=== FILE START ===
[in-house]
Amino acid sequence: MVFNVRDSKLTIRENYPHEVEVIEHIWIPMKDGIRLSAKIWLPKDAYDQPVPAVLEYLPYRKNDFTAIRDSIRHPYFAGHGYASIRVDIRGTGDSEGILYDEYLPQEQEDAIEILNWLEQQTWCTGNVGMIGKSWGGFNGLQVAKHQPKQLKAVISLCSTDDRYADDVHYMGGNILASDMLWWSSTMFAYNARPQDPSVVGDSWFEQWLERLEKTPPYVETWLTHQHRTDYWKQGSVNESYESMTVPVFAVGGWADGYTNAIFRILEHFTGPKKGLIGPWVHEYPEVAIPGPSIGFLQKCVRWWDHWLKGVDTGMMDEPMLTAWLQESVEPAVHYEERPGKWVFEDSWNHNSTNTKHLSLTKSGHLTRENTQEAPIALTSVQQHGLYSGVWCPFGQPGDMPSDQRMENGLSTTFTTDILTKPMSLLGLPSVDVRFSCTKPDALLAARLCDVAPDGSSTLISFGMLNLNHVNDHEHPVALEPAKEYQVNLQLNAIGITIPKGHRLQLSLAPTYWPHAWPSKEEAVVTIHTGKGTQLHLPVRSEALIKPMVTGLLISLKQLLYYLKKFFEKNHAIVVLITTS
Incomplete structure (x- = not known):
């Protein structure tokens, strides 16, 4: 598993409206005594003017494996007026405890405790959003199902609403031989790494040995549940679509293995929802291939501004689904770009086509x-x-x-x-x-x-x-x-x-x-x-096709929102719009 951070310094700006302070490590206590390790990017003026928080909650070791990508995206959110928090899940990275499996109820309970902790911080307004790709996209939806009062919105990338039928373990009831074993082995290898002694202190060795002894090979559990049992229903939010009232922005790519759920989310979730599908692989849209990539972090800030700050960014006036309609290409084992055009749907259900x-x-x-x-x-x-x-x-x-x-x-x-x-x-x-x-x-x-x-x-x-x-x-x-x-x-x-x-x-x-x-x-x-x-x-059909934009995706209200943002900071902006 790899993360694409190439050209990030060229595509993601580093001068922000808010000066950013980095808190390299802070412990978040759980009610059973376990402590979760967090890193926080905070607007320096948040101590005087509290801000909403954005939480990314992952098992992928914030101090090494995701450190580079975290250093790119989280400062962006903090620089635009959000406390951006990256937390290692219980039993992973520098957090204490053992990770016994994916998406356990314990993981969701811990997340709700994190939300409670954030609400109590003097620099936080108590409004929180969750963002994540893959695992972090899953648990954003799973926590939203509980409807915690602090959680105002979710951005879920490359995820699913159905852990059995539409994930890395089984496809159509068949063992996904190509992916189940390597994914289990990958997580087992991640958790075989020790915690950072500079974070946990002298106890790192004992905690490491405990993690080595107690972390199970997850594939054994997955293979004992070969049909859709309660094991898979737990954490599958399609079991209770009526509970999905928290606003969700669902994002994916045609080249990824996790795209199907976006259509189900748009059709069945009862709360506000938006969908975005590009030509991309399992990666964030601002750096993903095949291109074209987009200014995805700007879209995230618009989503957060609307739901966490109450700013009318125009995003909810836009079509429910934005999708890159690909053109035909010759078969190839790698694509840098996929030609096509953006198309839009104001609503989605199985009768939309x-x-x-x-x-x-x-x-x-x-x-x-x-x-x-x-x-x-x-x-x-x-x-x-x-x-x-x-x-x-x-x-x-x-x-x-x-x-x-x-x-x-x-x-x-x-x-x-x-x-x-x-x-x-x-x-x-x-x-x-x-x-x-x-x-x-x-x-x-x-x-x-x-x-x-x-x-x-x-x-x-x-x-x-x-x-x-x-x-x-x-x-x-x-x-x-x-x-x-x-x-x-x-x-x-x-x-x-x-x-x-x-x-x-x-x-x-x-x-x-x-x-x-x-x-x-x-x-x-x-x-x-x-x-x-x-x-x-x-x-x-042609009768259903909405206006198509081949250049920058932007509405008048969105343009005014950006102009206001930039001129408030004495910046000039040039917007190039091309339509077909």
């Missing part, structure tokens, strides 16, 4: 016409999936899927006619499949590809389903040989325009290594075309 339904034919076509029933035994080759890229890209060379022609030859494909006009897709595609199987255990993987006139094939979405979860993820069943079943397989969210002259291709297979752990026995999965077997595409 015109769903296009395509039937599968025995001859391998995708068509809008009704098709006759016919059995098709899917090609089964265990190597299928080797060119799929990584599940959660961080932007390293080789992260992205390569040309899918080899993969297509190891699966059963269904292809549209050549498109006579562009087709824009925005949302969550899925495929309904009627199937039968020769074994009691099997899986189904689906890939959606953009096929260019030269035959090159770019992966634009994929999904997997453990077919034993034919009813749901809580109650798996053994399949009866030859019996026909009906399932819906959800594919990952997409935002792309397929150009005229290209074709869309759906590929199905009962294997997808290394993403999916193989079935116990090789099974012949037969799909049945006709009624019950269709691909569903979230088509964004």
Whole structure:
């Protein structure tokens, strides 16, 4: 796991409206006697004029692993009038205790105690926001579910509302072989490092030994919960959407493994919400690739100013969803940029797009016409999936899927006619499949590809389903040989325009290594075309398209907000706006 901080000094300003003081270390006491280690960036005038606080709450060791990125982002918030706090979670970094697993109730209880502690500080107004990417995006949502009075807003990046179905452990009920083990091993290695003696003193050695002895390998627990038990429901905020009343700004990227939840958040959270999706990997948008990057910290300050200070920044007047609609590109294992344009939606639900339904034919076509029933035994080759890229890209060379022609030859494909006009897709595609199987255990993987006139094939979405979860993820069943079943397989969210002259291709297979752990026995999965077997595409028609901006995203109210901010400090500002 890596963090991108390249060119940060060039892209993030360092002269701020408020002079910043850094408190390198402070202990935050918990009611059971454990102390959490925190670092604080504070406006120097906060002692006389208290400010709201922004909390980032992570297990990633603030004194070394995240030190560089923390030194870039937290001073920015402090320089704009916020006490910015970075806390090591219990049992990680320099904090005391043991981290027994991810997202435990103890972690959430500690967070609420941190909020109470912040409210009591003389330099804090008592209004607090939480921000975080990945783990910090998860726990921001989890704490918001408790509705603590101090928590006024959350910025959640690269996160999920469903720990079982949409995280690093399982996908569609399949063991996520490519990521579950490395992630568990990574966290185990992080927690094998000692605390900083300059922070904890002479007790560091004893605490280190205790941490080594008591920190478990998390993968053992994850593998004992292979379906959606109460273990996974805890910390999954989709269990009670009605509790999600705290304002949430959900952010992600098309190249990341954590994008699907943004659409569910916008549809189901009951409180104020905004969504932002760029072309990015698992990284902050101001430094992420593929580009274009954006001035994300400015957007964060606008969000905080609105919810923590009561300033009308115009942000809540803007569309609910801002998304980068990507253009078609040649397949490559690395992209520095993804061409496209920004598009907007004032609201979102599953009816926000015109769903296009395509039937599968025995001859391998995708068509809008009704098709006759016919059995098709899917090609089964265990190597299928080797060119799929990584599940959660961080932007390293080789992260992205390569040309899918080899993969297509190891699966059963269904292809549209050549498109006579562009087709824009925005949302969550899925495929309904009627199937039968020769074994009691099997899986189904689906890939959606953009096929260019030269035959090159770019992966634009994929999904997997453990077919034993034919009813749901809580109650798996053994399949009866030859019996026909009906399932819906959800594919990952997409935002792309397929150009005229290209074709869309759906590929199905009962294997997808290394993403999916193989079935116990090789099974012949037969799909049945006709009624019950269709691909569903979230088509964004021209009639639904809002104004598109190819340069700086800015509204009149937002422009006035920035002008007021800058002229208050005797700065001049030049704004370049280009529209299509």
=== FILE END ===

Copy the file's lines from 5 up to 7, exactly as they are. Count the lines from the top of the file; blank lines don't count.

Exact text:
């Missing part, structure tokens, strides 16, 4: 016409999936899927006619499949590809389903040989325009290594075309 339904034919076509029933035994080759890229890209060379022609030859494909006009897709595609199987255990993987006139094939979405979860993820069943079943397989969210002259291709297979752990026995999965077997595409 015109769903296009395509039937599968025995001859391998995708068509809008009704098709006759016919059995098709899917090609089964265990190597299928080797060119799929990584599940959660961080932007390293080789992260992205390569040309899918080899993969297509190891699966059963269904292809549209050549498109006579562009087709824009925005949302969550899925495929309904009627199937039968020769074994009691099997899986189904689906890939959606953009096929260019030269035959090159770019992966634009994929999904997997453990077919034993034919009813749901809580109650798996053994399949009866030859019996026909009906399932819906959800594919990952997409935002792309397929150009005229290209074709869309759906590929199905009962294997997808290394993403999916193989079935116990090789099974012949037969799909049945006709009624019950269709691909569903979230088509964004």
Whole structure:
């Protein structure tokens, strides 16, 4: 796991409206006697004029692993009038205790105690926001579910509302072989490092030994919960959407493994919400690739100013969803940029797009016409999936899927006619499949590809389903040989325009290594075309398209907000706006 901080000094300003003081270390006491280690960036005038606080709450060791990125982002918030706090979670970094697993109730209880502690500080107004990417995006949502009075807003990046179905452990009920083990091993290695003696003193050695002895390998627990038990429901905020009343700004990227939840958040959270999706990997948008990057910290300050200070920044007047609609590109294992344009939606639900339904034919076509029933035994080759890229890209060379022609030859494909006009897709595609199987255990993987006139094939979405979860993820069943079943397989969210002259291709297979752990026995999965077997595409028609901006995203109210901010400090500002 890596963090991108390249060119940060060039892209993030360092002269701020408020002079910043850094408190390198402070202990935050918990009611059971454990102390959490925190670092604080504070406006120097906060002692006389208290400010709201922004909390980032992570297990990633603030004194070394995240030190560089923390030194870039937290001073920015402090320089704009916020006490910015970075806390090591219990049992990680320099904090005391043991981290027994991810997202435990103890972690959430500690967070609420941190909020109470912040409210009591003389330099804090008592209004607090939480921000975080990945783990910090998860726990921001989890704490918001408790509705603590101090928590006024959350910025959640690269996160999920469903720990079982949409995280690093399982996908569609399949063991996520490519990521579950490395992630568990990574966290185990992080927690094998000692605390900083300059922070904890002479007790560091004893605490280190205790941490080594008591920190478990998390993968053992994850593998004992292979379906959606109460273990996974805890910390999954989709269990009670009605509790999600705290304002949430959900952010992600098309190249990341954590994008699907943004659409569910916008549809189901009951409180104020905004969504932002760029072309990015698992990284902050101001430094992420593929580009274009954006001035994300400015957007964060606008969000905080609105919810923590009561300033009308115009942000809540803007569309609910801002998304980068990507253009078609040649397949490559690395992209520095993804061409496209920004598009907007004032609201979102599953009816926000015109769903296009395509039937599968025995001859391998995708068509809008009704098709006759016919059995098709899917090609089964265990190597299928080797060119799929990584599940959660961080932007390293080789992260992205390569040309899918080899993969297509190891699966059963269904292809549209050549498109006579562009087709824009925005949302969550899925495929309904009627199937039968020769074994009691099997899986189904689906890939959606953009096929260019030269035959090159770019992966634009994929999904997997453990077919034993034919009813749901809580109650798996053994399949009866030859019996026909009906399932819906959800594919990952997409935002792309397929150009005229290209074709869309759906590929199905009962294997997808290394993403999916193989079935116990090789099974012949037969799909049945006709009624019950269709691909569903979230088509964004021209009639639904809002104004598109190819340069700086800015509204009149937002422009006035920035002008007021800058002229208050005797700065001049030049704004370049280009529209299509």